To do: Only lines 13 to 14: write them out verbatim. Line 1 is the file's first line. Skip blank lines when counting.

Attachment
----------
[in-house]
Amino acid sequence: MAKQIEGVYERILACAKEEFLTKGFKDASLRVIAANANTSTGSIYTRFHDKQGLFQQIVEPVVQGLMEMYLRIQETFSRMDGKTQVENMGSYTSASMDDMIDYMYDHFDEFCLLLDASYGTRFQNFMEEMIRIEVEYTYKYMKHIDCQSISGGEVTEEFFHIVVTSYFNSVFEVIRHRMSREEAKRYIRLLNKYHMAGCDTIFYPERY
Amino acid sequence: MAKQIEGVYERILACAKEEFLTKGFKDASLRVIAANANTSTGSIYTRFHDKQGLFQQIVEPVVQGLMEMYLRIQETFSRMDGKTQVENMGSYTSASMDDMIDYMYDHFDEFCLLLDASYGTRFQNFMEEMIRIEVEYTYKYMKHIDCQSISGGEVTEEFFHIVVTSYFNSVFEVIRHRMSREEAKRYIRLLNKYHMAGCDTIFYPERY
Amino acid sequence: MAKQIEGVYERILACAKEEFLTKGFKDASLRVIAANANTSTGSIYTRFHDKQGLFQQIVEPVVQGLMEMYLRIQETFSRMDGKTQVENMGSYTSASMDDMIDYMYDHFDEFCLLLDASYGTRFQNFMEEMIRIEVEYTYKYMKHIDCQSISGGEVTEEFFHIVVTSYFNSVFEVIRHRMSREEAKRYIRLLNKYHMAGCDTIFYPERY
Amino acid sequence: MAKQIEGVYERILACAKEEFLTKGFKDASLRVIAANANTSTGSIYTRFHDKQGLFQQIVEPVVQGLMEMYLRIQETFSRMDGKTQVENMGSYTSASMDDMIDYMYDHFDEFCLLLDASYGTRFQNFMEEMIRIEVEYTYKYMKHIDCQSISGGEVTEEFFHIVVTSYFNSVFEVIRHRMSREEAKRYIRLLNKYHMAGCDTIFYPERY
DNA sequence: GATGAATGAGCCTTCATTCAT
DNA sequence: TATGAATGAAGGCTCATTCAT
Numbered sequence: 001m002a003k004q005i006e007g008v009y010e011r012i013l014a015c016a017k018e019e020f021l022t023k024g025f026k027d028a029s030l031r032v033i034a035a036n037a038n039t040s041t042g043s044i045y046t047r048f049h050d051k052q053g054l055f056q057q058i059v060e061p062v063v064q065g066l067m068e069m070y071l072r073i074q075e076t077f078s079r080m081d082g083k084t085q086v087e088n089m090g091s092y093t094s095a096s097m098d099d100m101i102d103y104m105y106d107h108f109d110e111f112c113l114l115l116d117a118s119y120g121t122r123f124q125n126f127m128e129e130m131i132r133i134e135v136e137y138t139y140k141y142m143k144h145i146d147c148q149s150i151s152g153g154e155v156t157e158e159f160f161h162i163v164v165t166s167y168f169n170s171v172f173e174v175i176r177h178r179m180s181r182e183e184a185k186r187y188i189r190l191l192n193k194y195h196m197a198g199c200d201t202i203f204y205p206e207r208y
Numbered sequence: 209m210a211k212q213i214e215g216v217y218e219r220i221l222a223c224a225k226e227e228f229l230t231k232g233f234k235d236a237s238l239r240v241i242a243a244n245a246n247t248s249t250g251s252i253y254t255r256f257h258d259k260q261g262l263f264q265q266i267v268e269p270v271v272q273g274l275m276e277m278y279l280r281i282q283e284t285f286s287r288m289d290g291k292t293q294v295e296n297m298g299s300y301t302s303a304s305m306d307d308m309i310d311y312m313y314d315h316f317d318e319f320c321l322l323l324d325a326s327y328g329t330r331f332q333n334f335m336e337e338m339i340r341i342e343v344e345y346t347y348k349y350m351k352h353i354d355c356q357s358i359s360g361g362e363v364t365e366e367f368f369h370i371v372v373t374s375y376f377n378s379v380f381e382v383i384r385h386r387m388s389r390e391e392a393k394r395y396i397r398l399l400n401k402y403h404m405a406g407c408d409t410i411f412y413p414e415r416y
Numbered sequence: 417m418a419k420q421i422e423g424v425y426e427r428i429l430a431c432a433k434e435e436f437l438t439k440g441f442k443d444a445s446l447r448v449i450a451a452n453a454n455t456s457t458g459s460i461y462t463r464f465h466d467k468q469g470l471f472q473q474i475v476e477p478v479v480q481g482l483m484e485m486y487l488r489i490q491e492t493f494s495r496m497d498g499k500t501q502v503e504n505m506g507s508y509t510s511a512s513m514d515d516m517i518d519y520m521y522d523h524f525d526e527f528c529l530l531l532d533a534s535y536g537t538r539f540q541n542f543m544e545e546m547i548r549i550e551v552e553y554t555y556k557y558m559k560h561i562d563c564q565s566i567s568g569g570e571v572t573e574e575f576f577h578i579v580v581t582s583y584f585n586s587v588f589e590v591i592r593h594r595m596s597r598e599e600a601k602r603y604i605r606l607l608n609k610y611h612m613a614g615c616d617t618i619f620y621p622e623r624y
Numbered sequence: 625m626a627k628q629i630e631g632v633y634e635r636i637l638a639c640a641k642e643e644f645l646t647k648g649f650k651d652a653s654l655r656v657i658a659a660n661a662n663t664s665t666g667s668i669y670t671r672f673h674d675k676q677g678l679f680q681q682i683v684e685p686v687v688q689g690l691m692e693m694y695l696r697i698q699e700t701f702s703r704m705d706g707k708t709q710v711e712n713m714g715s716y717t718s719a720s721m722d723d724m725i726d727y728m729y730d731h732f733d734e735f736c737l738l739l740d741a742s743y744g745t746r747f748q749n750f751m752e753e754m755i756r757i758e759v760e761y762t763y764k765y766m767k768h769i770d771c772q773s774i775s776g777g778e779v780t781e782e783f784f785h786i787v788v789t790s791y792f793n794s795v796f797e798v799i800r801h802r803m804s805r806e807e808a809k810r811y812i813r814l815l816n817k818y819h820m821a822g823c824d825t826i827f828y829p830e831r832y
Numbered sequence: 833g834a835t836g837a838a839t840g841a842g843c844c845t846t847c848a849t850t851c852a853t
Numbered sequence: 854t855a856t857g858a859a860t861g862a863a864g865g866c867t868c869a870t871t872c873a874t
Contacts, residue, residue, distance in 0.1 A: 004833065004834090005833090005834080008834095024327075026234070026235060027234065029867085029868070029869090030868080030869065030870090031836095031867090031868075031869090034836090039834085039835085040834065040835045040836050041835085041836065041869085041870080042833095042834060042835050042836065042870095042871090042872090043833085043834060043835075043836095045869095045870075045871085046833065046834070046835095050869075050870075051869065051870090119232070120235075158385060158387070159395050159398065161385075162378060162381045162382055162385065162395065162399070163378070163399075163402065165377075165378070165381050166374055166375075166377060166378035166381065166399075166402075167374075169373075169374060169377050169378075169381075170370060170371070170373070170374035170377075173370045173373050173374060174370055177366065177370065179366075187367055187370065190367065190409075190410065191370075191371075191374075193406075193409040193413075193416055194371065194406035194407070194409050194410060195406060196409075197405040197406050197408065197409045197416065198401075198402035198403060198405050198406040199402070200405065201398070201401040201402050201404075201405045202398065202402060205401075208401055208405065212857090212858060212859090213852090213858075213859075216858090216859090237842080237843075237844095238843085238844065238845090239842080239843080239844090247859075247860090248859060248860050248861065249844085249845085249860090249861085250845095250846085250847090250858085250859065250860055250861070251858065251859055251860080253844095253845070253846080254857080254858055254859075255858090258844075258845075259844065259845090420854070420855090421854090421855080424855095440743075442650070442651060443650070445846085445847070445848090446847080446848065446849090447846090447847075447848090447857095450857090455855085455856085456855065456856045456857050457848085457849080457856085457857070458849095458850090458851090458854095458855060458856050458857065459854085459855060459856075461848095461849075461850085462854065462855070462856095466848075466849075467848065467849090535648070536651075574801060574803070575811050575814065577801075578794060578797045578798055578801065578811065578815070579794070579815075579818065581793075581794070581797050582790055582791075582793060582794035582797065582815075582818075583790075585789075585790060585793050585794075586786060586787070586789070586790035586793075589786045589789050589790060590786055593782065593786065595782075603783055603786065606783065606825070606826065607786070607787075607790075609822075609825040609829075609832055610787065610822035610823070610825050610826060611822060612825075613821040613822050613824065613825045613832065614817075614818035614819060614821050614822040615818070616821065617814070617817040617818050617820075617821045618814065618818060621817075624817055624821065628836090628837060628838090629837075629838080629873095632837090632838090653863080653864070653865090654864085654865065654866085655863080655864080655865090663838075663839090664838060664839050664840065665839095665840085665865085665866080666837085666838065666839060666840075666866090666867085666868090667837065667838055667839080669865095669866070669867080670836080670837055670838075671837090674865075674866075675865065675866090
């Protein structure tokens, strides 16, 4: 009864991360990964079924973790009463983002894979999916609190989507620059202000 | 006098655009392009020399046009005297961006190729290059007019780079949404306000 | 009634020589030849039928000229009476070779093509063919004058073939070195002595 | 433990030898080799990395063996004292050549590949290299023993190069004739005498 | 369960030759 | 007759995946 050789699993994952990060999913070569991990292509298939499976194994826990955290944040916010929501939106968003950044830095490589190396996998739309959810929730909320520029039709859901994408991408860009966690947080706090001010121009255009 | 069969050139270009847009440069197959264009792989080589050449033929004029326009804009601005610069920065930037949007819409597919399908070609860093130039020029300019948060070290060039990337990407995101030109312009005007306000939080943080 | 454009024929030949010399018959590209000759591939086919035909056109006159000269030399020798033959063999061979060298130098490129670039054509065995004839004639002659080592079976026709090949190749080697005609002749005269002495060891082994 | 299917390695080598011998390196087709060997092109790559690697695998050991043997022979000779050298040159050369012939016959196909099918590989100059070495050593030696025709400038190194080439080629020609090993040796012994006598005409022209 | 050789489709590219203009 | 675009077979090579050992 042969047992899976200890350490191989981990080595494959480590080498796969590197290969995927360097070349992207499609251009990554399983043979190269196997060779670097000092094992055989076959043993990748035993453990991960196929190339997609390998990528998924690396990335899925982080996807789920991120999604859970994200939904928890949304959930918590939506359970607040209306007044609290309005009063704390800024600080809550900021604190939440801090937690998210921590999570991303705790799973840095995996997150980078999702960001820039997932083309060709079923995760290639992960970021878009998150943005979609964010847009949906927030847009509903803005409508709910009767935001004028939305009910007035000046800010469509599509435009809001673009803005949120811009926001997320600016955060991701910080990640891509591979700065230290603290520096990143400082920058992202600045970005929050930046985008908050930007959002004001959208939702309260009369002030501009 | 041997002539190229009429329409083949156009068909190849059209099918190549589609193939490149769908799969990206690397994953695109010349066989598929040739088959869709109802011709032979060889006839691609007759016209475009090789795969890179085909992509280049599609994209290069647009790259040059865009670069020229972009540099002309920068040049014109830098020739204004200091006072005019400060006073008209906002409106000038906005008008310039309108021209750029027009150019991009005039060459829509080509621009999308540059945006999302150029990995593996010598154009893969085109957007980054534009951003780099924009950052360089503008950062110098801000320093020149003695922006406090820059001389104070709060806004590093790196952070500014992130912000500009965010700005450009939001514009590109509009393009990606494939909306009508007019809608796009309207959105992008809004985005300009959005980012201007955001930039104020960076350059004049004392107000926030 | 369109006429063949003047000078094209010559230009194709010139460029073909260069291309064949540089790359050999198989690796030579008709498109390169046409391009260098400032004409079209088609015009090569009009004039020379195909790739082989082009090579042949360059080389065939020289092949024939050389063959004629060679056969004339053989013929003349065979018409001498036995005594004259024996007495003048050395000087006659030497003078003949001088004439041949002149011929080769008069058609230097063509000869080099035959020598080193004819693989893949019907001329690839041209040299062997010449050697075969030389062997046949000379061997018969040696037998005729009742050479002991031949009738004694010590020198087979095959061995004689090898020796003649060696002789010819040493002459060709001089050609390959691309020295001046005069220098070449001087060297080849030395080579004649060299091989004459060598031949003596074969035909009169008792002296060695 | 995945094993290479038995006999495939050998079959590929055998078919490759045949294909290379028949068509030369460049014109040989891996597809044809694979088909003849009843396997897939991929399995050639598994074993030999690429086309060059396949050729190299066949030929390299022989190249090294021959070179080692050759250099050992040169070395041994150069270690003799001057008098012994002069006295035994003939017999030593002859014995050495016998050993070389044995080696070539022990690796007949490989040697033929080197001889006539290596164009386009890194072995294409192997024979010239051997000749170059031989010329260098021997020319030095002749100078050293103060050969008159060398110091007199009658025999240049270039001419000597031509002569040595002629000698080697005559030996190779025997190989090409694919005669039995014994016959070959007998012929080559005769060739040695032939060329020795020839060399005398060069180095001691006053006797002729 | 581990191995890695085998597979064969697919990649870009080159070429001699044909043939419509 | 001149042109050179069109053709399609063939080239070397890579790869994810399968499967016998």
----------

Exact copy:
Numbered sequence: 854t855a856t857g858a859a860t861g862a863a864g865g866c867t868c869a870t871t872c873a874t
Contacts, residue, residue, distance in 0.1 A: 004833065004834090005833090005834080008834095024327075026234070026235060027234065029867085029868070029869090030868080030869065030870090031836095031867090031868075031869090034836090039834085039835085040834065040835045040836050041835085041836065041869085041870080042833095042834060042835050042836065042870095042871090042872090043833085043834060043835075043836095045869095045870075045871085046833065046834070046835095050869075050870075051869065051870090119232070120235075158385060158387070159395050159398065161385075162378060162381045162382055162385065162395065162399070163378070163399075163402065165377075165378070165381050166374055166375075166377060166378035166381065166399075166402075167374075169373075169374060169377050169378075169381075170370060170371070170373070170374035170377075173370045173373050173374060174370055177366065177370065179366075187367055187370065190367065190409075190410065191370075191371075191374075193406075193409040193413075193416055194371065194406035194407070194409050194410060195406060196409075197405040197406050197408065197409045197416065198401075198402035198403060198405050198406040199402070200405065201398070201401040201402050201404075201405045202398065202402060205401075208401055208405065212857090212858060212859090213852090213858075213859075216858090216859090237842080237843075237844095238843085238844065238845090239842080239843080239844090247859075247860090248859060248860050248861065249844085249845085249860090249861085250845095250846085250847090250858085250859065250860055250861070251858065251859055251860080253844095253845070253846080254857080254858055254859075255858090258844075258845075259844065259845090420854070420855090421854090421855080424855095440743075442650070442651060443650070445846085445847070445848090446847080446848065446849090447846090447847075447848090447857095450857090455855085455856085456855065456856045456857050457848085457849080457856085457857070458849095458850090458851090458854095458855060458856050458857065459854085459855060459856075461848095461849075461850085462854065462855070462856095466848075466849075467848065467849090535648070536651075574801060574803070575811050575814065577801075578794060578797045578798055578801065578811065578815070579794070579815075579818065581793075581794070581797050582790055582791075582793060582794035582797065582815075582818075583790075585789075585790060585793050585794075586786060586787070586789070586790035586793075589786045589789050589790060590786055593782065593786065595782075603783055603786065606783065606825070606826065607786070607787075607790075609822075609825040609829075609832055610787065610822035610823070610825050610826060611822060612825075613821040613822050613824065613825045613832065614817075614818035614819060614821050614822040615818070616821065617814070617817040617818050617820075617821045618814065618818060621817075624817055624821065628836090628837060628838090629837075629838080629873095632837090632838090653863080653864070653865090654864085654865065654866085655863080655864080655865090663838075663839090664838060664839050664840065665839095665840085665865085665866080666837085666838065666839060666840075666866090666867085666868090667837065667838055667839080669865095669866070669867080670836080670837055670838075671837090674865075674866075675865065675866090